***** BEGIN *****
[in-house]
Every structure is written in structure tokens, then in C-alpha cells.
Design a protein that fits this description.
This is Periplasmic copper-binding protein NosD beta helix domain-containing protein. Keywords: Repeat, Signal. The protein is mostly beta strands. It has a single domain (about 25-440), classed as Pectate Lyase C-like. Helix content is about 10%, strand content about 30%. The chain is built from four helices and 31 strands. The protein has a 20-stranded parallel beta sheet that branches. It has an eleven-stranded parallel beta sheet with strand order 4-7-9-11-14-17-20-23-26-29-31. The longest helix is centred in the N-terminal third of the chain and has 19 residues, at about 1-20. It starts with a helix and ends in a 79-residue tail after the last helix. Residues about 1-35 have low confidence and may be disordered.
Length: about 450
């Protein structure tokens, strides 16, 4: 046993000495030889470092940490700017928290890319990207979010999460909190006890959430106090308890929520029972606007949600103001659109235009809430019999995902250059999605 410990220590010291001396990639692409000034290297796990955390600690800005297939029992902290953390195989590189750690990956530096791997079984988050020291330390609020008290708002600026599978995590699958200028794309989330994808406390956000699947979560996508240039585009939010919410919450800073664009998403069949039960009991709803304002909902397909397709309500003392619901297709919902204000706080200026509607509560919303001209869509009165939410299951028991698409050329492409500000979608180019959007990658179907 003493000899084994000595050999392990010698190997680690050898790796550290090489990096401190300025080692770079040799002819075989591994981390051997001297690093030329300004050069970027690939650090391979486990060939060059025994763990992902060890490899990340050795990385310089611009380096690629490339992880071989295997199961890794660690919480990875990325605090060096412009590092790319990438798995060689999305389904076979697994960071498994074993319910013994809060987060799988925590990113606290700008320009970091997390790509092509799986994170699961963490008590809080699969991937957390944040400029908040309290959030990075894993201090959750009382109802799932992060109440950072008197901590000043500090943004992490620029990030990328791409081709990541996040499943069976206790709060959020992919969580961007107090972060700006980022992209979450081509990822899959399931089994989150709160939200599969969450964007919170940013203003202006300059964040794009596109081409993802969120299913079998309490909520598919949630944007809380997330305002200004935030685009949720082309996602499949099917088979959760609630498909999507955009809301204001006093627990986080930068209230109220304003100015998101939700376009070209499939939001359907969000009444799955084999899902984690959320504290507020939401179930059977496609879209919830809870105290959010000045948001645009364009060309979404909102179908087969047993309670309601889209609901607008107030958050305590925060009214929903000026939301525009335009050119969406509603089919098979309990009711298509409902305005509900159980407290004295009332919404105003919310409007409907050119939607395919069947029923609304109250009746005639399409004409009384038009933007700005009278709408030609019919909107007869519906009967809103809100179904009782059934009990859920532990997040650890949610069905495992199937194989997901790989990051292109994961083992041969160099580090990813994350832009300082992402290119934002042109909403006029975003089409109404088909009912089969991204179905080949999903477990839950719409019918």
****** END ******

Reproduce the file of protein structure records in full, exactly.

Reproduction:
[in-house]
Every structure is written in structure tokens, then in C-alpha cells.
Design a protein that fits this description.
This is Periplasmic copper-binding protein NosD beta helix domain-containing protein. Keywords: Repeat, Signal. The protein is mostly beta strands. It has a single domain (about 25-440), classed as Pectate Lyase C-like. Helix content is about 10%, strand content about 30%. The chain is built from four helices and 31 strands. The protein has a 20-stranded parallel beta sheet that branches. It has an eleven-stranded parallel beta sheet with strand order 4-7-9-11-14-17-20-23-26-29-31. The longest helix is centred in the N-terminal third of the chain and has 19 residues, at about 1-20. It starts with a helix and ends in a 79-residue tail after the last helix. Residues about 1-35 have low confidence and may be disordered.
Length: about 450
């Protein structure tokens, strides 16, 4: 046993000495030889470092940490700017928290890319990207979010999460909190006890959430106090308890929520029972606007949600103001659109235009809430019999995902250059999605 410990220590010291001396990639692409000034290297796990955390600690800005297939029992902290953390195989590189750690990956530096791997079984988050020291330390609020008290708002600026599978995590699958200028794309989330994808406390956000699947979560996508240039585009939010919410919450800073664009998403069949039960009991709803304002909902397909397709309500003392619901297709919902204000706080200026509607509560919303001209869509009165939410299951028991698409050329492409500000979608180019959007990658179907 003493000899084994000595050999392990010698190997680690050898790796550290090489990096401190300025080692770079040799002819075989591994981390051997001297690093030329300004050069970027690939650090391979486990060939060059025994763990992902060890490899990340050795990385310089611009380096690629490339992880071989295997199961890794660690919480990875990325605090060096412009590092790319990438798995060689999305389904076979697994960071498994074993319910013994809060987060799988925590990113606290700008320009970091997390790509092509799986994170699961963490008590809080699969991937957390944040400029908040309290959030990075894993201090959750009382109802799932992060109440950072008197901590000043500090943004992490620029990030990328791409081709990541996040499943069976206790709060959020992919969580961007107090972060700006980022992209979450081509990822899959399931089994989150709160939200599969969450964007919170940013203003202006300059964040794009596109081409993802969120299913079998309490909520598919949630944007809380997330305002200004935030685009949720082309996602499949099917088979959760609630498909999507955009809301204001006093627990986080930068209230109220304003100015998101939700376009070209499939939001359907969000009444799955084999899902984690959320504290507020939401179930059977496609879209919830809870105290959010000045948001645009364009060309979404909102179908087969047993309670309601889209609901607008107030958050305590925060009214929903000026939301525009335009050119969406509603089919098979309990009711298509409902305005509900159980407290004295009332919404105003919310409007409907050119939607395919069947029923609304109250009746005639399409004409009384038009933007700005009278709408030609019919909107007869519906009967809103809100179904009782059934009990859920532990997040650890949610069905495992199937194989997901790989990051292109994961083992041969160099580090990813994350832009300082992402290119934002042109909403006029975003089409109404088909009912089969991204179905080949999903477990839950719409019918």